Michael Howarth, 1942-2011
23 March 2011
Michael Howarth, who was a member of the Library staff from 1972 to 2004, died at the end of February. David Hughes offers this tribute.
Michael was an exhibitioner at St Catherine’s College, Oxford, where he took second class honours in Modern Languages with distinction in colloquial French. He then spent five years as a schoolmaster, becoming Head of the French Department at Builth Secondary School in 1968, a post he held for one year before turning to a career in librarianship. Michael trained at the College of Librarianship, Wales, where one of his tutors described him as “virtually an ideal student who will be a credit to the profession”, before taking up a post at the University of York.
Michael came to Bristol as part of the, then, embryonic team of subject librarians, with a well-established reputation for linguistic ability and a high level of bibliographic expertise. His areas of specialism included French, German, Italian and Spanish. He familiarised himself with Portuguese and Catalan and later devoted three weeks to studying Russian, after which he felt “equal to any Russian text with the help of a dictionary”. For Michael, mastery of a language was the only level of competence worth having. On one occasion he was clearly but quietly proud of the fact that the Library’s principal Paris book dealer had complimented him on being by far the most fluent of his English customers.
Later, when an opportunity arose for him to extend his range of languages to include the classics, Michael brushed up his Latin and set about learning Greek from scratch at an awesome pace. He devoted many holidays to improving his linguistic knowledge through travel or attending courses. After one holiday in Honfleur he was delighted to have improved his knowledge of vocabulary relating to fruits de mer. He reserved a special affection for the language of his native Cornwall and he had been especially pleased to be elected a Bard of the Cornish Gorsedd.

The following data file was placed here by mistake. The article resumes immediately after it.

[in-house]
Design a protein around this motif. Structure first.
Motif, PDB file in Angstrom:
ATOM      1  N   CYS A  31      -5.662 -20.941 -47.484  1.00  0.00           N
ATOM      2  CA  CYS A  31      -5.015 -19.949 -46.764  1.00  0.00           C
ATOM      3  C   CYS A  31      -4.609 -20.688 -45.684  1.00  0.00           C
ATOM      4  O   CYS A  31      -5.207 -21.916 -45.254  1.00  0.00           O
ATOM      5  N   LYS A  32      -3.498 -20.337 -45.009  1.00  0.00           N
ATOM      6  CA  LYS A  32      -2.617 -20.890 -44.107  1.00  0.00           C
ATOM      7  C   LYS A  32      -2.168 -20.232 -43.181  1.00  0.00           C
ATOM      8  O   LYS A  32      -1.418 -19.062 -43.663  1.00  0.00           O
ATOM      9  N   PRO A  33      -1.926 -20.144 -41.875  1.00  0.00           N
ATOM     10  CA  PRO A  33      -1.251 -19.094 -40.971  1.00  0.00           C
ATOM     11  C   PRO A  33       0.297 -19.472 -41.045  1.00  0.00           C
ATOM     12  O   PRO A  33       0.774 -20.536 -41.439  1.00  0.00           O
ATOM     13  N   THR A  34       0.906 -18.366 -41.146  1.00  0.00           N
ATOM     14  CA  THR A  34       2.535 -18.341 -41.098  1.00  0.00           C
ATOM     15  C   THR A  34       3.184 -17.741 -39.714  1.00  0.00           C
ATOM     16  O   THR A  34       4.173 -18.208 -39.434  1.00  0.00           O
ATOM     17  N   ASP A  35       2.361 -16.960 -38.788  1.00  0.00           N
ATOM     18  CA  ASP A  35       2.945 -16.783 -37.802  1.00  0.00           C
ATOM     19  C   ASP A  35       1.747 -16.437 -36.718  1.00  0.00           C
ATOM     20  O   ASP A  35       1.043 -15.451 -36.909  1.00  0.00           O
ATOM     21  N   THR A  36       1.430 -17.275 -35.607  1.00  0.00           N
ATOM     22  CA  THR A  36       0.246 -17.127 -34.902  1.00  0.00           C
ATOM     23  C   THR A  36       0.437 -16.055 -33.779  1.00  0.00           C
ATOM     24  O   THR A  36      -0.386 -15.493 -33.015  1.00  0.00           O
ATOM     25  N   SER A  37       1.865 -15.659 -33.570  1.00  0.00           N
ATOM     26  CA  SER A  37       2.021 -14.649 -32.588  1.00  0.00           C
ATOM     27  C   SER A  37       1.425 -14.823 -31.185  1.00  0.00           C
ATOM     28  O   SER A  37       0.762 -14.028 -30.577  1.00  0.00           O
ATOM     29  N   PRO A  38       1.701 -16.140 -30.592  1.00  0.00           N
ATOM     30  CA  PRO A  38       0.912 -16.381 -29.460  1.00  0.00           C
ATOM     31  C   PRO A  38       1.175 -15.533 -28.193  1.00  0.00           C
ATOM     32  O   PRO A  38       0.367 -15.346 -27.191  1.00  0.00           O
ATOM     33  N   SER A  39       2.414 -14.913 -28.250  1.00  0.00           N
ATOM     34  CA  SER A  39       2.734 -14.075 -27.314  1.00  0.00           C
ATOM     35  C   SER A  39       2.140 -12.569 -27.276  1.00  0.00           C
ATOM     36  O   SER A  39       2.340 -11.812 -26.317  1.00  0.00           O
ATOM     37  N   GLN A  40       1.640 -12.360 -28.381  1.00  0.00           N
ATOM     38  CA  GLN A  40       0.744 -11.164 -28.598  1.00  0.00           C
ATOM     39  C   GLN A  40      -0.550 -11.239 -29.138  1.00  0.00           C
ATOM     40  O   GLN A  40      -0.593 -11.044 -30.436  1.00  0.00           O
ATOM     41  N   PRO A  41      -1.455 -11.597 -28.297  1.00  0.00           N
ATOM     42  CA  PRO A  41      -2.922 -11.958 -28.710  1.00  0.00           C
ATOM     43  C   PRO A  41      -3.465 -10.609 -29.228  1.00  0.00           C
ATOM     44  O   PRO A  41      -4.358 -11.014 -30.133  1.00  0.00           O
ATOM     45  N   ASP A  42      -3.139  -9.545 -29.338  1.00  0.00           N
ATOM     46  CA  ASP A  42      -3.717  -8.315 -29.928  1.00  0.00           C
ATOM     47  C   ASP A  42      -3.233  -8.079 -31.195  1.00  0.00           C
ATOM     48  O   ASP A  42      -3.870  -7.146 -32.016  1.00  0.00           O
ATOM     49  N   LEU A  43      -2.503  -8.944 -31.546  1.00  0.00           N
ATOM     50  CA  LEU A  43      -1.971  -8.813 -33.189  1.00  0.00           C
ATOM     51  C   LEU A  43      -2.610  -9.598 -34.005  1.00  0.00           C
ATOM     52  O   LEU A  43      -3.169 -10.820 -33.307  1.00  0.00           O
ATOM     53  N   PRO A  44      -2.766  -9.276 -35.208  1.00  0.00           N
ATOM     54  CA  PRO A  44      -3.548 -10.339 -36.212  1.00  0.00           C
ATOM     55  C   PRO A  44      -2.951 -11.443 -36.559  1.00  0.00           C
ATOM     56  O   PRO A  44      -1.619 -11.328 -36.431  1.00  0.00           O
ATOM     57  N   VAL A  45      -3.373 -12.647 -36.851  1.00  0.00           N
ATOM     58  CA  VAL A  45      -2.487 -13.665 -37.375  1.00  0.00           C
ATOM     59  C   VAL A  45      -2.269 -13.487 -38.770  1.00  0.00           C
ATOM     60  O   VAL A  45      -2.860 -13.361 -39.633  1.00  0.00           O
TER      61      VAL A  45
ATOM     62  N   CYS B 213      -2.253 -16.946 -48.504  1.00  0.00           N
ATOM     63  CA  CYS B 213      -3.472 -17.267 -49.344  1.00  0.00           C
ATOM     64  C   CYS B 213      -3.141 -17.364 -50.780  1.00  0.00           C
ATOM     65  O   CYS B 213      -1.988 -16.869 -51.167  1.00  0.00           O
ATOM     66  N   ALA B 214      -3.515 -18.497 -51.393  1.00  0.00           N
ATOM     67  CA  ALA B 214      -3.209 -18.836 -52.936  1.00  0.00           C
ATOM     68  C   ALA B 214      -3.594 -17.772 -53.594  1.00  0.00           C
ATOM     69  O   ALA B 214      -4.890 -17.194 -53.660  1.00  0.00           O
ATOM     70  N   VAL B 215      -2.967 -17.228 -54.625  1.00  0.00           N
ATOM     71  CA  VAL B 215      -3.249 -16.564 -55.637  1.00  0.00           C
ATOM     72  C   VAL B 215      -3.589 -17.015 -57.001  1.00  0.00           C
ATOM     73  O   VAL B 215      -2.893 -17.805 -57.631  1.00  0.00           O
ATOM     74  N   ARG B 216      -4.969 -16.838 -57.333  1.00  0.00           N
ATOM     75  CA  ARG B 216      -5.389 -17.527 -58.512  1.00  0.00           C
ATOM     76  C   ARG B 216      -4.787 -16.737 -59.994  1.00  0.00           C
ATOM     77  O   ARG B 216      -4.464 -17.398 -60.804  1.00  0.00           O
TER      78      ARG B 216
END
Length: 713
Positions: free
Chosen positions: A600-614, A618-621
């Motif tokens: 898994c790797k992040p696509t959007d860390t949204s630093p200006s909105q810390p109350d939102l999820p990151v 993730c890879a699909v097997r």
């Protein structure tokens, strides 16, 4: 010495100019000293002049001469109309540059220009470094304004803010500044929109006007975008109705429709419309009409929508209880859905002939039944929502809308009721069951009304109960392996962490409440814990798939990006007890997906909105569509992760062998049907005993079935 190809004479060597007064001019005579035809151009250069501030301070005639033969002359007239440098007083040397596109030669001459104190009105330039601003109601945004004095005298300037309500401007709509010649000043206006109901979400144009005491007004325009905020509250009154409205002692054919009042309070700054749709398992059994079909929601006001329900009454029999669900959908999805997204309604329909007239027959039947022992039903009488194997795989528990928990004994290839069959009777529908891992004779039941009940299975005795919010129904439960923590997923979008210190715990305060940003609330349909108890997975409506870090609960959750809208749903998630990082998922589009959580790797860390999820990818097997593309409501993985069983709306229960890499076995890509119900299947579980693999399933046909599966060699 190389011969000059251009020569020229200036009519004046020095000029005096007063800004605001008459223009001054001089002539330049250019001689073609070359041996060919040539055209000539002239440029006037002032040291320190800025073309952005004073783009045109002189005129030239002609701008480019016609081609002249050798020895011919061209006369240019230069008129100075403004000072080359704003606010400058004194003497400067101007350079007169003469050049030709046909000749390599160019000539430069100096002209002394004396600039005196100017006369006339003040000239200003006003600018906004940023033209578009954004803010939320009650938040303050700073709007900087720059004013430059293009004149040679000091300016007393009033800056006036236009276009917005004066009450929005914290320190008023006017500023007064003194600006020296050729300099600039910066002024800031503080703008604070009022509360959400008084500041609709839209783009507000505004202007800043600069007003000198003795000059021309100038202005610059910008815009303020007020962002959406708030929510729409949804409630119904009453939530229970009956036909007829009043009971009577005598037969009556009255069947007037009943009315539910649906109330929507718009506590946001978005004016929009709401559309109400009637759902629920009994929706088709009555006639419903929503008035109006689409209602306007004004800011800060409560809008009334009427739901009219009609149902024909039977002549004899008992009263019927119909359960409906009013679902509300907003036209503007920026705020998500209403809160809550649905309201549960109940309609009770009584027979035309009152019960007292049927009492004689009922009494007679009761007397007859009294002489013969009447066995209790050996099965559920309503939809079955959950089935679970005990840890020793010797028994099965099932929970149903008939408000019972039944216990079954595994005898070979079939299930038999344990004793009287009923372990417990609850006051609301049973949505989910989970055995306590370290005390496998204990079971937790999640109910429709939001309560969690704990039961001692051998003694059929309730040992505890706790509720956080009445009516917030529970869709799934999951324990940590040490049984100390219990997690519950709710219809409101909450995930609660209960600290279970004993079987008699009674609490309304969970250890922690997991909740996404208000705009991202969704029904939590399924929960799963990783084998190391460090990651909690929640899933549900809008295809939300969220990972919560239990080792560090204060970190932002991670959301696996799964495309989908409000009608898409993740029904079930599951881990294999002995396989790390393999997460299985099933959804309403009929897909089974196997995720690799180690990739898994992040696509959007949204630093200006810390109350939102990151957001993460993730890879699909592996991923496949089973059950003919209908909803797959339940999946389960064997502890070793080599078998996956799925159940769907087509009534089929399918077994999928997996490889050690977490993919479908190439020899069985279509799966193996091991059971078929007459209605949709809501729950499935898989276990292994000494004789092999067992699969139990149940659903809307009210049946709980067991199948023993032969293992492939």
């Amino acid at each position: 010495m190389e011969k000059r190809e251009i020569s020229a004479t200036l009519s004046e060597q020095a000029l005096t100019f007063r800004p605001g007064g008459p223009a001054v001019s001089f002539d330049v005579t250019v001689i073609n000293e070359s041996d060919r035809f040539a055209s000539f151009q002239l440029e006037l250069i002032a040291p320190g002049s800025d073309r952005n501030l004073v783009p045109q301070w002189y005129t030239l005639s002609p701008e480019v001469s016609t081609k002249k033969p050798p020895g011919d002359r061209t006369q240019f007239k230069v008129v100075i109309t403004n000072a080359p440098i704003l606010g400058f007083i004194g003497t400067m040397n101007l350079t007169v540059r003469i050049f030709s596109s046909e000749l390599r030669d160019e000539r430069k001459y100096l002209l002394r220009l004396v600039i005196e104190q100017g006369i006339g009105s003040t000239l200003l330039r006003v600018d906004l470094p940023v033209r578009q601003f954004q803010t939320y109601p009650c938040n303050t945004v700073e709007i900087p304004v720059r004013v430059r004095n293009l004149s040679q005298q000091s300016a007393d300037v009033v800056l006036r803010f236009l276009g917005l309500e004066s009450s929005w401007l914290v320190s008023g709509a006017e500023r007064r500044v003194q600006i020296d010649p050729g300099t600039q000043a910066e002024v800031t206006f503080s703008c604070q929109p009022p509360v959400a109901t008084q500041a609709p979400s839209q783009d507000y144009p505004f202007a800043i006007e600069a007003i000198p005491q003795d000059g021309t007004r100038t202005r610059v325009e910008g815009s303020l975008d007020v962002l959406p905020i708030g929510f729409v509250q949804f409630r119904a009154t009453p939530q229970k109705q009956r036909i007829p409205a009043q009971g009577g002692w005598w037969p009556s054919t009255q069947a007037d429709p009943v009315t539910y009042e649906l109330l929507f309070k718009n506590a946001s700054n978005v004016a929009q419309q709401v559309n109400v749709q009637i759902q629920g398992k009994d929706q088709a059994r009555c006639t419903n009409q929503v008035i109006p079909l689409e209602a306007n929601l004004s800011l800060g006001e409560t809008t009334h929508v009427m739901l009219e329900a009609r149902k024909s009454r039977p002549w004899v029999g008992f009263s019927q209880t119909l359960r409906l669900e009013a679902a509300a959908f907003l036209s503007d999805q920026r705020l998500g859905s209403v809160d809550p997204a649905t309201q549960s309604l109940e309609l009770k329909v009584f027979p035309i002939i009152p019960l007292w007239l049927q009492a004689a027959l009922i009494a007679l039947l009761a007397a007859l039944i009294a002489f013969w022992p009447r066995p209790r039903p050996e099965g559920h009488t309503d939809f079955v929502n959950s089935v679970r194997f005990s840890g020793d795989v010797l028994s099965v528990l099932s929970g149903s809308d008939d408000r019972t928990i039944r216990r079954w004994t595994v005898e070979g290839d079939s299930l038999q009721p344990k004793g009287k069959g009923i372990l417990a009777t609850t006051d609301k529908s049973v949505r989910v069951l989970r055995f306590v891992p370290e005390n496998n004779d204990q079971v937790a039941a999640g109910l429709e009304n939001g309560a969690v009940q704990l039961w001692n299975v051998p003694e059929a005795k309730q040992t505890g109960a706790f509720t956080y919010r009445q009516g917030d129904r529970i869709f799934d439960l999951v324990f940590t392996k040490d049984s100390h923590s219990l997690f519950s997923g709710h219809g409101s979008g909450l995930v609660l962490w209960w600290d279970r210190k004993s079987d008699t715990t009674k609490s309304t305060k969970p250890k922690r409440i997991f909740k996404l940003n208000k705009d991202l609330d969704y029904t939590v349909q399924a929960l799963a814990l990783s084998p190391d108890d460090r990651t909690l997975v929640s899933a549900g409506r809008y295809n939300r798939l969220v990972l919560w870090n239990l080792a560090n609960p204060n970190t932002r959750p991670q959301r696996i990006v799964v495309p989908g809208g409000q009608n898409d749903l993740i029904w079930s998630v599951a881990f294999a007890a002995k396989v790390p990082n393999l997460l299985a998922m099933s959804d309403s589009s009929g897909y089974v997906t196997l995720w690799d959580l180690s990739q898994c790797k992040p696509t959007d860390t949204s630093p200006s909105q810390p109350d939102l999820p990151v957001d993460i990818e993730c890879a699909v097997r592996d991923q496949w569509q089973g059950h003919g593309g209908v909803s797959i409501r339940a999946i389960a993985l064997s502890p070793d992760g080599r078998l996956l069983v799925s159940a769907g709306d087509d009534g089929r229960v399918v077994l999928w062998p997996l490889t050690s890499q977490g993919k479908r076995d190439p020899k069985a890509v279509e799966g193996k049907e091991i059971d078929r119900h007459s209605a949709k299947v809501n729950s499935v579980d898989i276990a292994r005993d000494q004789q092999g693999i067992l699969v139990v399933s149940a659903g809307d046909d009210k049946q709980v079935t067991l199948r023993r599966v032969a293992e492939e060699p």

His enthusiasm and his professionalism set standards for Bristol’s subject librarians and he helped to define the role of the newly established posts. He particularly recognised the need for thoroughness and accuracy in library work and he carried out his duties with meticulous care. He was, perhaps, conscientious to a fault. He particularly relished the challenge of penetrating into arcane bibliographic enquiries on behalf of readers and scholars, took delight in solving problems, and earned the gratitude of many academic colleagues for his willingness to share his expertise.
In addition to his linguistic ability Michael possessed unrivalled familiarity with reference works and bibliographies and his training sessions for colleagues were always well attended and appreciated. It was typical of his generous nature that he wanted to share his knowledge. His initial training as a teacher proved to be a most valuable asset.
Following his retirement from the University Library, Michael took up an appointment in the Library of Exeter Cathedral, a role especially suited to his skills and interests. He took great pleasure in his surroundings there, both the collections and the ambiance, and in serving the readers.